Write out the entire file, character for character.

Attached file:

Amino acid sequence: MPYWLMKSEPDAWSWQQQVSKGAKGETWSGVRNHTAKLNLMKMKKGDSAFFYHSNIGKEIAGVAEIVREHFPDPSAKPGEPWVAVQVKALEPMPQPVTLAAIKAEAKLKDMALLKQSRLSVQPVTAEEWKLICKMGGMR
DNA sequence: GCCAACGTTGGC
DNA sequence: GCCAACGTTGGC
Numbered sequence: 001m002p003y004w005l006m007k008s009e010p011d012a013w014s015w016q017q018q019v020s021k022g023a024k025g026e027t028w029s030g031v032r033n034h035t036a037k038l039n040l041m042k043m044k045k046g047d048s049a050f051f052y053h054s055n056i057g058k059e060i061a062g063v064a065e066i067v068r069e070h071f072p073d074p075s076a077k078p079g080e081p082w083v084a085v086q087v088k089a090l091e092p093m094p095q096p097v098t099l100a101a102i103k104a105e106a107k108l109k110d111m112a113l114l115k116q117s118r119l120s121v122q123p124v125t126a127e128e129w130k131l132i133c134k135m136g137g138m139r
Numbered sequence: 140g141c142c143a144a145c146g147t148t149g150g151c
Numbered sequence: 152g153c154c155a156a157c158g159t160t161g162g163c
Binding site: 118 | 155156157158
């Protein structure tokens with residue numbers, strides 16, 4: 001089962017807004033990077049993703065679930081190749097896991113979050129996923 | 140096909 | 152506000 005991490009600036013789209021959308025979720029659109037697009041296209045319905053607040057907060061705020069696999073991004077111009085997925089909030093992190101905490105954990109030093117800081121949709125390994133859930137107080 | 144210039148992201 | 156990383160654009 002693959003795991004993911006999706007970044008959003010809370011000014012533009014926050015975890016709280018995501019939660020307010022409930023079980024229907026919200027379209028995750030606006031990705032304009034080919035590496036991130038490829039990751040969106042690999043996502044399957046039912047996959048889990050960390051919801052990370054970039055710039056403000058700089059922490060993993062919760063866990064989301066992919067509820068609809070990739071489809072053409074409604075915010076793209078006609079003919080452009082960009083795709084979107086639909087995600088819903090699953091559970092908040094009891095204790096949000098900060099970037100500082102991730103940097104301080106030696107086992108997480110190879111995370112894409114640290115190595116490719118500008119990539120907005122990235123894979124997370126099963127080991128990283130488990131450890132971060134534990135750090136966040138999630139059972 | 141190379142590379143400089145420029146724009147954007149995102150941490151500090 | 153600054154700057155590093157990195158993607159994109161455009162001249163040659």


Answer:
Amino acid sequence: MPYWLMKSEPDAWSWQQQVSKGAKGETWSGVRNHTAKLNLMKMKKGDSAFFYHSNIGKEIAGVAEIVREHFPDPSAKPGEPWVAVQVKALEPMPQPVTLAAIKAEAKLKDMALLKQSRLSVQPVTAEEWKLICKMGGMR
DNA sequence: GCCAACGTTGGC
DNA sequence: GCCAACGTTGGC
Numbered sequence: 001m002p003y004w005l006m007k008s009e010p011d012a013w014s015w016q017q018q019v020s021k022g023a024k025g026e027t028w029s030g031v032r033n034h035t036a037k038l039n040l041m042k043m044k045k046g047d048s049a050f051f052y053h054s055n056i057g058k059e060i061a062g063v064a065e066i067v068r069e070h071f072p073d074p075s076a077k078p079g080e081p082w083v084a085v086q087v088k089a090l091e092p093m094p095q096p097v098t099l100a101a102i103k104a105e106a107k108l109k110d111m112a113l114l115k116q117s118r119l120s121v122q123p124v125t126a127e128e129w130k131l132i133c134k135m136g137g138m139r
Numbered sequence: 140g141c142c143a144a145c146g147t148t149g150g151c
Numbered sequence: 152g153c154c155a156a157c158g159t160t161g162g163c
Binding site: 118 | 155156157158
């Protein structure tokens with residue numbers, strides 16, 4: 001089962017807004033990077049993703065679930081190749097896991113979050129996923 | 140096909 | 152506000 005991490009600036013789209021959308025979720029659109037697009041296209045319905053607040057907060061705020069696999073991004077111009085997925089909030093992190101905490105954990109030093117800081121949709125390994133859930137107080 | 144210039148992201 | 156990383160654009 002693959003795991004993911006999706007970044008959003010809370011000014012533009014926050015975890016709280018995501019939660020307010022409930023079980024229907026919200027379209028995750030606006031990705032304009034080919035590496036991130038490829039990751040969106042690999043996502044399957046039912047996959048889990050960390051919801052990370054970039055710039056403000058700089059922490060993993062919760063866990064989301066992919067509820068609809070990739071489809072053409074409604075915010076793209078006609079003919080452009082960009083795709084979107086639909087995600088819903090699953091559970092908040094009891095204790096949000098900060099970037100500082102991730103940097104301080106030696107086992108997480110190879111995370112894409114640290115190595116490719118500008119990539120907005122990235123894979124997370126099963127080991128990283130488990131450890132971060134534990135750090136966040138999630139059972 | 141190379142590379143400089145420029146724009147954007149995102150941490151500090 | 153600054154700057155590093157990195158993607159994109161455009162001249163040659």